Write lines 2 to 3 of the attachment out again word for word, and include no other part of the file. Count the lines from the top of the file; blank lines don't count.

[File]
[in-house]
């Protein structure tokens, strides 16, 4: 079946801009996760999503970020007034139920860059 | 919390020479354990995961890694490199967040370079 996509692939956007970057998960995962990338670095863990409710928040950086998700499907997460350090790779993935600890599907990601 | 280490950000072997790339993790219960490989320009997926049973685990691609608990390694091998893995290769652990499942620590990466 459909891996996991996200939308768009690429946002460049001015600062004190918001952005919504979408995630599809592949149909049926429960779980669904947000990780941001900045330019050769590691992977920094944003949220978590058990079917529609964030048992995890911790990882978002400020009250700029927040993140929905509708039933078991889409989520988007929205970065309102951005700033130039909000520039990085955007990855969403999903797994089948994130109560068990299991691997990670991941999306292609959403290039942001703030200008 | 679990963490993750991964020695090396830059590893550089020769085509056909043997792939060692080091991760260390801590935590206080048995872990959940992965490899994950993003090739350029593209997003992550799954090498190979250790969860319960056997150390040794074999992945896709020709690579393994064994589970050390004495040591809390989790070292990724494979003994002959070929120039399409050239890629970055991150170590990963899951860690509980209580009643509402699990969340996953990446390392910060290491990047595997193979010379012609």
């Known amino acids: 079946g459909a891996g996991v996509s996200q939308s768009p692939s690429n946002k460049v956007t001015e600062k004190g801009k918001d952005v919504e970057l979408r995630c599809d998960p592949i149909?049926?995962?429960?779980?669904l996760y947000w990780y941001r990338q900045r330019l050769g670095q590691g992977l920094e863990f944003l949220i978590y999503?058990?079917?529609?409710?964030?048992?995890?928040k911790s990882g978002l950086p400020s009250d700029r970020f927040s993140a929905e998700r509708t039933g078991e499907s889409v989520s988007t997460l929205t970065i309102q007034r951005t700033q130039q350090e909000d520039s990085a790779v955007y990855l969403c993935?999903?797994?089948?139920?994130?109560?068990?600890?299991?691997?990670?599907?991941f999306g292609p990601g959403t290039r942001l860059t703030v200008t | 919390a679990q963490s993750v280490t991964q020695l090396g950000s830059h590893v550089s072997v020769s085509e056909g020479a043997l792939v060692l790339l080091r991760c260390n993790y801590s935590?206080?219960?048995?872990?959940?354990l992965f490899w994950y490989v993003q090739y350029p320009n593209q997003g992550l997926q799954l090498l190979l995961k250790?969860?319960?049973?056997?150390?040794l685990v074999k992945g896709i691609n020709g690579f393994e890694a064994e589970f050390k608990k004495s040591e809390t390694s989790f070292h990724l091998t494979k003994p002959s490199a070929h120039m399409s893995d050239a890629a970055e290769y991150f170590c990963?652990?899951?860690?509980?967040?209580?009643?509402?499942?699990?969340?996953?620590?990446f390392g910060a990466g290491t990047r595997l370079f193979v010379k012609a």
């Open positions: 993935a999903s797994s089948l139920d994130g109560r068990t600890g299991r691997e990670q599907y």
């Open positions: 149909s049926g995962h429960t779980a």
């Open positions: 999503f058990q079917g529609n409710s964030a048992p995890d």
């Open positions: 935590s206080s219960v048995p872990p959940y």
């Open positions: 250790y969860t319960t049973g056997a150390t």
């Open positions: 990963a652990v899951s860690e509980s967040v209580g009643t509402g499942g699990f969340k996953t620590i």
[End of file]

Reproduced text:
């Protein structure tokens, strides 16, 4: 079946801009996760999503970020007034139920860059 | 919390020479354990995961890694490199967040370079 996509692939956007970057998960995962990338670095863990409710928040950086998700499907997460350090790779993935600890599907990601 | 280490950000072997790339993790219960490989320009997926049973685990691609608990390694091998893995290769652990499942620590990466 459909891996996991996200939308768009690429946002460049001015600062004190918001952005919504979408995630599809592949149909049926429960779980669904947000990780941001900045330019050769590691992977920094944003949220978590058990079917529609964030048992995890911790990882978002400020009250700029927040993140929905509708039933078991889409989520988007929205970065309102951005700033130039909000520039990085955007990855969403999903797994089948994130109560068990299991691997990670991941999306292609959403290039942001703030200008 | 679990963490993750991964020695090396830059590893550089020769085509056909043997792939060692080091991760260390801590935590206080048995872990959940992965490899994950993003090739350029593209997003992550799954090498190979250790969860319960056997150390040794074999992945896709020709690579393994064994589970050390004495040591809390989790070292990724494979003994002959070929120039399409050239890629970055991150170590990963899951860690509980209580009643509402699990969340996953990446390392910060290491990047595997193979010379012609």
């Known amino acids: 079946g459909a891996g996991v996509s996200q939308s768009p692939s690429n946002k460049v956007t001015e600062k004190g801009k918001d952005v919504e970057l979408r995630c599809d998960p592949i149909?049926?995962?429960?779980?669904l996760y947000w990780y941001r990338q900045r330019l050769g670095q590691g992977l920094e863990f944003l949220i978590y999503?058990?079917?529609?409710?964030?048992?995890?928040k911790s990882g978002l950086p400020s009250d700029r970020f927040s993140a929905e998700r509708t039933g078991e499907s889409v989520s988007t997460l929205t970065i309102q007034r951005t700033q130039q350090e909000d520039s990085a790779v955007y990855l969403c993935?999903?797994?089948?139920?994130?109560?068990?600890?299991?691997?990670?599907?991941f999306g292609p990601g959403t290039r942001l860059t703030v200008t | 919390a679990q963490s993750v280490t991964q020695l090396g950000s830059h590893v550089s072997v020769s085509e056909g020479a043997l792939v060692l790339l080091r991760c260390n993790y801590s935590?206080?219960?048995?872990?959940?354990l992965f490899w994950y490989v993003q090739y350029p320009n593209q997003g992550l997926q799954l090498l190979l995961k250790?969860?319960?049973?056997?150390?040794l685990v074999k992945g896709i691609n020709g690579f393994e890694a064994e589970f050390k608990k004495s040591e809390t390694s989790f070292h990724l091998t494979k003994p002959s490199a070929h120039m399409s893995d050239a890629a970055e290769y991150f170590c990963?652990?899951?860690?509980?967040?209580?009643?509402?499942?699990?969340?996953?620590?990446f390392g910060a990466g290491t990047r595997l370079f193979v010379k012609a």